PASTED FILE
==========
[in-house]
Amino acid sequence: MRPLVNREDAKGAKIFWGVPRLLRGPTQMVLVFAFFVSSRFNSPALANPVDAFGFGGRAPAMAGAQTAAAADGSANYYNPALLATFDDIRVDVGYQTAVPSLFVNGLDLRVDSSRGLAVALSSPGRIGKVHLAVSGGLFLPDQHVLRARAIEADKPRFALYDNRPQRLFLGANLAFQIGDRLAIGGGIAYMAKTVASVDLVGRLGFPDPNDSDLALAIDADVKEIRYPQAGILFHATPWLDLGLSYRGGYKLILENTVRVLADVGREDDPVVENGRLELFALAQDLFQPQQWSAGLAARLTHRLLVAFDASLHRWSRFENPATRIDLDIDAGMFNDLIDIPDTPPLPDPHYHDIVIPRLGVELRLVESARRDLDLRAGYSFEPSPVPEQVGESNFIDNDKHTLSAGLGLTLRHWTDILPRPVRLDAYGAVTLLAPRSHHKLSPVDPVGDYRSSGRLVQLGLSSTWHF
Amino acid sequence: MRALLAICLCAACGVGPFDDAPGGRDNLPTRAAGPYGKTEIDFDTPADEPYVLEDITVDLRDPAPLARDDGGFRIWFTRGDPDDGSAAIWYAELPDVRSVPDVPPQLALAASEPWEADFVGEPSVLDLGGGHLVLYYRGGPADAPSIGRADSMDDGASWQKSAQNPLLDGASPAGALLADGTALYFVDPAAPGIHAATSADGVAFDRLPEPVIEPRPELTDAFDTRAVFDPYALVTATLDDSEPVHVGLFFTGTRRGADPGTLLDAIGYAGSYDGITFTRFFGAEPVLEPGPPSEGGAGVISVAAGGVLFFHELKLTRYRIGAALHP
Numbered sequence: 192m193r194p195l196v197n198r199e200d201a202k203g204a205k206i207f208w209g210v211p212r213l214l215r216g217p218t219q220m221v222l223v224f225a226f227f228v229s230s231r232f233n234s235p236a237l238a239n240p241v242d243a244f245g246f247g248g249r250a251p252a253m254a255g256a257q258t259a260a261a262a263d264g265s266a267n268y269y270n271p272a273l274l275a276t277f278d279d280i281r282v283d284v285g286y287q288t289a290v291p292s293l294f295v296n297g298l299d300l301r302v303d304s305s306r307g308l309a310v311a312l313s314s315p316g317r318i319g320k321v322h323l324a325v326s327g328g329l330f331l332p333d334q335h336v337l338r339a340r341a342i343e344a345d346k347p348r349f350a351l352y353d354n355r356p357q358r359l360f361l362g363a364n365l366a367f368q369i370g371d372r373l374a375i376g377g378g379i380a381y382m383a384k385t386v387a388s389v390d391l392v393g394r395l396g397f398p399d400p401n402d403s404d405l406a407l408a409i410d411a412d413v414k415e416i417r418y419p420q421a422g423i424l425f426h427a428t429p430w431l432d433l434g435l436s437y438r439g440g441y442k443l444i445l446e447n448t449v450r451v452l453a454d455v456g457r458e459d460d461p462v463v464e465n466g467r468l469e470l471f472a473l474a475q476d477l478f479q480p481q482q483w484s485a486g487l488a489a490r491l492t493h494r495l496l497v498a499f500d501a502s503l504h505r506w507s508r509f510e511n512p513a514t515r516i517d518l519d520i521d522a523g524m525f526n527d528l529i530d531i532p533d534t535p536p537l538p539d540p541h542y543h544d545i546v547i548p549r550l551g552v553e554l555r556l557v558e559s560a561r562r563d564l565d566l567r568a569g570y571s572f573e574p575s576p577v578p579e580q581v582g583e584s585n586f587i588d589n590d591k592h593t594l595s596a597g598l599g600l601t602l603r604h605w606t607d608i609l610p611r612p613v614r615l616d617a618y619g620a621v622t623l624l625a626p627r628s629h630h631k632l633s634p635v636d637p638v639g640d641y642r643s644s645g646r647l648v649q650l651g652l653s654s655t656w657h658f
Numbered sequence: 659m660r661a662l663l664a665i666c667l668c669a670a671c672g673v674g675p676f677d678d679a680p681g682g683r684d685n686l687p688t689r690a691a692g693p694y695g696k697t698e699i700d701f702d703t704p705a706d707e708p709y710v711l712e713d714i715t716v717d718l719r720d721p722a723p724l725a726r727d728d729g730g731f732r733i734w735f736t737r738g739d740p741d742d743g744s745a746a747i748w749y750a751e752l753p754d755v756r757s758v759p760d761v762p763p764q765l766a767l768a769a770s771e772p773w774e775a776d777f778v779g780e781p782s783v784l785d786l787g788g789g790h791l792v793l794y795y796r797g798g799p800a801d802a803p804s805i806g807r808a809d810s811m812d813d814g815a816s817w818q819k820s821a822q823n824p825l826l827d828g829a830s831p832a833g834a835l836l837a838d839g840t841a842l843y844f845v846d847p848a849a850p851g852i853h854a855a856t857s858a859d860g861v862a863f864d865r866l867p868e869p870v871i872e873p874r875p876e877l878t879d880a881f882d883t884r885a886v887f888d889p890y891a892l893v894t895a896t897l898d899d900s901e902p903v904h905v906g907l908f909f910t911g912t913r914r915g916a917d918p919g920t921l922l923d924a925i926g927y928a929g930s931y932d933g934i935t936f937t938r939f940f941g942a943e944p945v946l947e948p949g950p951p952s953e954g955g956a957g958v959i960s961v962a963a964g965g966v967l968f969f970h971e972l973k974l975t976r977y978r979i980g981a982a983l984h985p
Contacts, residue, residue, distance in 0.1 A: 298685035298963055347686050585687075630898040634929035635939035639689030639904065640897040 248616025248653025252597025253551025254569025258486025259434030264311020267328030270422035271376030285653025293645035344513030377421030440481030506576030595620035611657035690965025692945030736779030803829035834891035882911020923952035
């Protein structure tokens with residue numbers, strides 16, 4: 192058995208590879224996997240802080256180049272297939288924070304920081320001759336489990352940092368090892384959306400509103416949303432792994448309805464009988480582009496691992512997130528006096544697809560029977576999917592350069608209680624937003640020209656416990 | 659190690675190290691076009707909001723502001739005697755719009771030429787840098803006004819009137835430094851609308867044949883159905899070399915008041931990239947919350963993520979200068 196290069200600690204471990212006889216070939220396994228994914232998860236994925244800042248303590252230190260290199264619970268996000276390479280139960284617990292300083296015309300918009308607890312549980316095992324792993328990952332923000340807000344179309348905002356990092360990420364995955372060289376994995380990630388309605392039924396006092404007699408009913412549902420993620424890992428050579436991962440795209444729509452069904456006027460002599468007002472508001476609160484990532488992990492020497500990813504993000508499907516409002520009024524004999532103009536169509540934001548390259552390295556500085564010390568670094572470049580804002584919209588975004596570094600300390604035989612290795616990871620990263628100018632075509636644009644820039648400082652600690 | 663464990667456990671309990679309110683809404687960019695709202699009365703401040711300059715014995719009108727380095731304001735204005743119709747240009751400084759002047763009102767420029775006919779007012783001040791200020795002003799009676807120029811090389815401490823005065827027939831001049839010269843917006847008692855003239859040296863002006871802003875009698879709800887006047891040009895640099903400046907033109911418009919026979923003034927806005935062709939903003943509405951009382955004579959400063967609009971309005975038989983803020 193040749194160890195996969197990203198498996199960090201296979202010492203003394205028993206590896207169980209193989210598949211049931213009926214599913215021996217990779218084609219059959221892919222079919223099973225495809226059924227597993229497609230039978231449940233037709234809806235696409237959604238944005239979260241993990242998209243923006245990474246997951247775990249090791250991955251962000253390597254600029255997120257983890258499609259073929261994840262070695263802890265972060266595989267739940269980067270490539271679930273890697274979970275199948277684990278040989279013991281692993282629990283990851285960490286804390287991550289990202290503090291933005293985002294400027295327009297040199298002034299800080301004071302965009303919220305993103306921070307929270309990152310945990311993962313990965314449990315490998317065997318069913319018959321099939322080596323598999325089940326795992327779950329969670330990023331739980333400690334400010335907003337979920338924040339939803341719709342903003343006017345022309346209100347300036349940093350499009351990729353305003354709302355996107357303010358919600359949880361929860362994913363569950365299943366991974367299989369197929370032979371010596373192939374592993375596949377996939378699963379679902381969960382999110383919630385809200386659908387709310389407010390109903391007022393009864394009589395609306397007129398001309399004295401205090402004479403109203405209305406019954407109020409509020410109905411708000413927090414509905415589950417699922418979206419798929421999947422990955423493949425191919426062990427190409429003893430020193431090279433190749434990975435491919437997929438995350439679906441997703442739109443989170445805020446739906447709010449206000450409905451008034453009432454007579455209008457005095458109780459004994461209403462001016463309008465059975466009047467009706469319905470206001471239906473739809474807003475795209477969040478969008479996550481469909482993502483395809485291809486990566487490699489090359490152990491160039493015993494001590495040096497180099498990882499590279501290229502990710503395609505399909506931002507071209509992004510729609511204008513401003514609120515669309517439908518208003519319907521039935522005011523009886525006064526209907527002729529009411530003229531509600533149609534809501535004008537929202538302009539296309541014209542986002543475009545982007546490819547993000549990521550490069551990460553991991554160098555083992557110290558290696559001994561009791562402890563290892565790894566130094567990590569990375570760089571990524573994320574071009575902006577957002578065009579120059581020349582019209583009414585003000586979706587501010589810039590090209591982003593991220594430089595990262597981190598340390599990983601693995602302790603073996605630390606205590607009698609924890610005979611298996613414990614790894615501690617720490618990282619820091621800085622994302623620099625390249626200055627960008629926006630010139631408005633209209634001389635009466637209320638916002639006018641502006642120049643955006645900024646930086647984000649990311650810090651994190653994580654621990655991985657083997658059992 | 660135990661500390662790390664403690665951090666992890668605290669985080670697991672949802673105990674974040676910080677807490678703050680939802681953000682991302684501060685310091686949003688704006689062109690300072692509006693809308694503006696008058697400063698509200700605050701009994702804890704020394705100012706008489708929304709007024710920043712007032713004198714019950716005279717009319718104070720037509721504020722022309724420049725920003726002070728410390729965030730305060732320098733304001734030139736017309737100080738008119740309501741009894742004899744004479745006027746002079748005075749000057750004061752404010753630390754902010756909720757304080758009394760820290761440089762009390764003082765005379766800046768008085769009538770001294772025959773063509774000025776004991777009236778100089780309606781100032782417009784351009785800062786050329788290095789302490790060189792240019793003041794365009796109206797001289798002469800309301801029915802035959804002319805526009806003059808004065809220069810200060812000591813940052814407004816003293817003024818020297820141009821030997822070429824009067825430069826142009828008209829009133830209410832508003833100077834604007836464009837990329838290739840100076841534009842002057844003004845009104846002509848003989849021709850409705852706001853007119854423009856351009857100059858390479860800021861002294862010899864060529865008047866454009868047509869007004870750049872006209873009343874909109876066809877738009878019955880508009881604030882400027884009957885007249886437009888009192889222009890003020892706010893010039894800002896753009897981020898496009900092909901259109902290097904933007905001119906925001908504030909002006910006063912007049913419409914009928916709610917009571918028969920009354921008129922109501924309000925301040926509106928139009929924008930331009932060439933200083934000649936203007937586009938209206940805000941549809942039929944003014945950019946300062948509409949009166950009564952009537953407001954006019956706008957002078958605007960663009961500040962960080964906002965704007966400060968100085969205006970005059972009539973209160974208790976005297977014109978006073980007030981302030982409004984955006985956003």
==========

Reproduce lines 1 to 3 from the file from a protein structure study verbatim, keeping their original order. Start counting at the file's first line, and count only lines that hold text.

[in-house]
Amino acid sequence: MRPLVNREDAKGAKIFWGVPRLLRGPTQMVLVFAFFVSSRFNSPALANPVDAFGFGGRAPAMAGAQTAAAADGSANYYNPALLATFDDIRVDVGYQTAVPSLFVNGLDLRVDSSRGLAVALSSPGRIGKVHLAVSGGLFLPDQHVLRARAIEADKPRFALYDNRPQRLFLGANLAFQIGDRLAIGGGIAYMAKTVASVDLVGRLGFPDPNDSDLALAIDADVKEIRYPQAGILFHATPWLDLGLSYRGGYKLILENTVRVLADVGREDDPVVENGRLELFALAQDLFQPQQWSAGLAARLTHRLLVAFDASLHRWSRFENPATRIDLDIDAGMFNDLIDIPDTPPLPDPHYHDIVIPRLGVELRLVESARRDLDLRAGYSFEPSPVPEQVGESNFIDNDKHTLSAGLGLTLRHWTDILPRPVRLDAYGAVTLLAPRSHHKLSPVDPVGDYRSSGRLVQLGLSSTWHF
Amino acid sequence: MRALLAICLCAACGVGPFDDAPGGRDNLPTRAAGPYGKTEIDFDTPADEPYVLEDITVDLRDPAPLARDDGGFRIWFTRGDPDDGSAAIWYAELPDVRSVPDVPPQLALAASEPWEADFVGEPSVLDLGGGHLVLYYRGGPADAPSIGRADSMDDGASWQKSAQNPLLDGASPAGALLADGTALYFVDPAAPGIHAATSADGVAFDRLPEPVIEPRPELTDAFDTRAVFDPYALVTATLDDSEPVHVGLFFTGTRRGADPGTLLDAIGYAGSYDGITFTRFFGAEPVLEPGPPSEGGAGVISVAAGGVLFFHELKLTRYRIGAALHP